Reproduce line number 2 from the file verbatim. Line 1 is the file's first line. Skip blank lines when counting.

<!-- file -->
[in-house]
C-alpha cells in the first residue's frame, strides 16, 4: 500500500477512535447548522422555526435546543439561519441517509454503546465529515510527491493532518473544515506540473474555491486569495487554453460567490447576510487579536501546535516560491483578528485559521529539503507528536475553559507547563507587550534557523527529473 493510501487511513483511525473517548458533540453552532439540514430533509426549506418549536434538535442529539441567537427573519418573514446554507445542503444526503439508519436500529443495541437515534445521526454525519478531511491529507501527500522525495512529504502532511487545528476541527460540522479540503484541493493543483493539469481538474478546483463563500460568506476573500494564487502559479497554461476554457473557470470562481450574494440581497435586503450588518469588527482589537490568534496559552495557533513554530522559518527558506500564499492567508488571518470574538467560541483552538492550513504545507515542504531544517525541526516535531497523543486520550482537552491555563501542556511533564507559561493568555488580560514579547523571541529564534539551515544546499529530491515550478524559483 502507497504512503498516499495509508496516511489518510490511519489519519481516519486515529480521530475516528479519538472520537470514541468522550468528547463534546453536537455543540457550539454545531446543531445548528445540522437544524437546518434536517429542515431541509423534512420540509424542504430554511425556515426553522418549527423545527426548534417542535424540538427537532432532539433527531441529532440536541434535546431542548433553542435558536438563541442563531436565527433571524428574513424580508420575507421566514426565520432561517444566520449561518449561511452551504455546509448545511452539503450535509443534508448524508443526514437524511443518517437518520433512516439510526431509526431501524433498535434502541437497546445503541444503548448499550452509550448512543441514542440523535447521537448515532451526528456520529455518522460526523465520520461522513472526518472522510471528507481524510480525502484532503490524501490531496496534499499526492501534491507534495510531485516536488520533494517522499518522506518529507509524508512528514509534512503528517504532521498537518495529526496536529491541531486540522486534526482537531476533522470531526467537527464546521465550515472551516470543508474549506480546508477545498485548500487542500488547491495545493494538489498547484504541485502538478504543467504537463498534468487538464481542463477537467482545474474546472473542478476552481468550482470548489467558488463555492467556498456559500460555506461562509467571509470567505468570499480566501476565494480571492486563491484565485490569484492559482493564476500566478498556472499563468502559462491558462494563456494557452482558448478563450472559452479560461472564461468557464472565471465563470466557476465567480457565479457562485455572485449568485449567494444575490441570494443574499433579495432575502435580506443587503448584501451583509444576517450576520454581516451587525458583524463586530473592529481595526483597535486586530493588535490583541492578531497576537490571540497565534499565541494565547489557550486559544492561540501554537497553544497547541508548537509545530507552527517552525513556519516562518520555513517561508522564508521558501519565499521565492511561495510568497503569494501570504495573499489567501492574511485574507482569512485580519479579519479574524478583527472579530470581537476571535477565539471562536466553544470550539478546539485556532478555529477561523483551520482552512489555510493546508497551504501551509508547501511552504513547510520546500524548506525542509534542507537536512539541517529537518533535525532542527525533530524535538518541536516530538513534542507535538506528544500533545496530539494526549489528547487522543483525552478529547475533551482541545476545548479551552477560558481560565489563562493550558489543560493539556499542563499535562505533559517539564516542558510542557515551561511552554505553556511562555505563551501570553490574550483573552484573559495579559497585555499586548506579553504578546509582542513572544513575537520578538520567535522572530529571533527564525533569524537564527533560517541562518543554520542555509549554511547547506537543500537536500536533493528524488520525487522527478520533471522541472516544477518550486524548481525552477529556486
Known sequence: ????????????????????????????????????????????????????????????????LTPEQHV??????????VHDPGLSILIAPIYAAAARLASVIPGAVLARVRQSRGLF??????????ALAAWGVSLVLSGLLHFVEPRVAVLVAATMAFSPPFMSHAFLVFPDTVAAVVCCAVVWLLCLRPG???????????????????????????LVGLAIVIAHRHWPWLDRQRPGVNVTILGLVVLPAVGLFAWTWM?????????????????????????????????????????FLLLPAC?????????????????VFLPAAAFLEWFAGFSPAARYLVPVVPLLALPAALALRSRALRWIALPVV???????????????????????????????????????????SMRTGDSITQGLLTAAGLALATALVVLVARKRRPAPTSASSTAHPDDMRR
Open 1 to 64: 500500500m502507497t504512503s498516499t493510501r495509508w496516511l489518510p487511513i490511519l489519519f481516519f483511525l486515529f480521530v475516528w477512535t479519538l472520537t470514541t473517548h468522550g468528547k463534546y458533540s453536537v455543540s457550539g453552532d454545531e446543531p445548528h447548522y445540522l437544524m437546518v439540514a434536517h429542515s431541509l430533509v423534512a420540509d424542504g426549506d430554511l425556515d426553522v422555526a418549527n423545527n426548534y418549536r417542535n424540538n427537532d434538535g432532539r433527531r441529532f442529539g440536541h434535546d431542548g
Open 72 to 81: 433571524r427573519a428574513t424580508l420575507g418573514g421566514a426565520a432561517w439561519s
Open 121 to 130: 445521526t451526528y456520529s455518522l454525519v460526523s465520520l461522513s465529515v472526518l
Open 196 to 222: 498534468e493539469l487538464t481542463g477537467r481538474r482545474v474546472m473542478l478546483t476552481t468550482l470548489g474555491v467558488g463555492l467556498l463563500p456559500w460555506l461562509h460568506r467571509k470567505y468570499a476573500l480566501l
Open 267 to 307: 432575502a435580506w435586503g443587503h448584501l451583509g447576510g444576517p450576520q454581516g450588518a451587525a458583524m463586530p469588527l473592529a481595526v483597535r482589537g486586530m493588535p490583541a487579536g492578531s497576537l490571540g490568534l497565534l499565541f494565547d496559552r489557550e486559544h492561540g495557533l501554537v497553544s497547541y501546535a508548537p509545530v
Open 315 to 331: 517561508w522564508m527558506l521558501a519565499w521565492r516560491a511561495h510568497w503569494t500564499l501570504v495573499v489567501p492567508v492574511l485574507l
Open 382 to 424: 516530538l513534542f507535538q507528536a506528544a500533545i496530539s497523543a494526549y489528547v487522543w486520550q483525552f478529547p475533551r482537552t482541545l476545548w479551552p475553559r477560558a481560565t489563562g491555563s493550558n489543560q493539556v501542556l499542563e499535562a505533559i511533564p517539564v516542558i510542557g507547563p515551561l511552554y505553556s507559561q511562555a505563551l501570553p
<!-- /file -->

C-alpha cells in the first residue's frame, strides 16, 4: 500500500477512535447548522422555526435546543439561519441517509454503546465529515510527491493532518473544515506540473474555491486569495487554453460567490447576510487579536501546535516560491483578528485559521529539503507528536475553559507547563507587550534557523527529473 493510501487511513483511525473517548458533540453552532439540514430533509426549506418549536434538535442529539441567537427573519418573514446554507445542503444526503439508519436500529443495541437515534445521526454525519478531511491529507501527500522525495512529504502532511487545528476541527460540522479540503484541493493543483493539469481538474478546483463563500460568506476573500494564487502559479497554461476554457473557470470562481450574494440581497435586503450588518469588527482589537490568534496559552495557533513554530522559518527558506500564499492567508488571518470574538467560541483552538492550513504545507515542504531544517525541526516535531497523543486520550482537552491555563501542556511533564507559561493568555488580560514579547523571541529564534539551515544546499529530491515550478524559483 502507497504512503498516499495509508496516511489518510490511519489519519481516519486515529480521530475516528479519538472520537470514541468522550468528547463534546453536537455543540457550539454545531446543531445548528445540522437544524437546518434536517429542515431541509423534512420540509424542504430554511425556515426553522418549527423545527426548534417542535424540538427537532432532539433527531441529532440536541434535546431542548433553542435558536438563541442563531436565527433571524428574513424580508420575507421566514426565520432561517444566520449561518449561511452551504455546509448545511452539503450535509443534508448524508443526514437524511443518517437518520433512516439510526431509526431501524433498535434502541437497546445503541444503548448499550452509550448512543441514542440523535447521537448515532451526528456520529455518522460526523465520520461522513472526518472522510471528507481524510480525502484532503490524501490531496496534499499526492501534491507534495510531485516536488520533494517522499518522506518529507509524508512528514509534512503528517504532521498537518495529526496536529491541531486540522486534526482537531476533522470531526467537527464546521465550515472551516470543508474549506480546508477545498485548500487542500488547491495545493494538489498547484504541485502538478504543467504537463498534468487538464481542463477537467482545474474546472473542478476552481468550482470548489467558488463555492467556498456559500460555506461562509467571509470567505468570499480566501476565494480571492486563491484565485490569484492559482493564476500566478498556472499563468502559462491558462494563456494557452482558448478563450472559452479560461472564461468557464472565471465563470466557476465567480457565479457562485455572485449568485449567494444575490441570494443574499433579495432575502435580506443587503448584501451583509444576517450576520454581516451587525458583524463586530473592529481595526483597535486586530493588535490583541492578531497576537490571540497565534499565541494565547489557550486559544492561540501554537497553544497547541508548537509545530507552527517552525513556519516562518520555513517561508522564508521558501519565499521565492511561495510568497503569494501570504495573499489567501492574511485574507482569512485580519479579519479574524478583527472579530470581537476571535477565539471562536466553544470550539478546539485556532478555529477561523483551520482552512489555510493546508497551504501551509508547501511552504513547510520546500524548506525542509534542507537536512539541517529537518533535525532542527525533530524535538518541536516530538513534542507535538506528544500533545496530539494526549489528547487522543483525552478529547475533551482541545476545548479551552477560558481560565489563562493550558489543560493539556499542563499535562505533559517539564516542558510542557515551561511552554505553556511562555505563551501570553490574550483573552484573559495579559497585555499586548506579553504578546509582542513572544513575537520578538520567535522572530529571533527564525533569524537564527533560517541562518543554520542555509549554511547547506537543500537536500536533493528524488520525487522527478520533471522541472516544477518550486524548481525552477529556486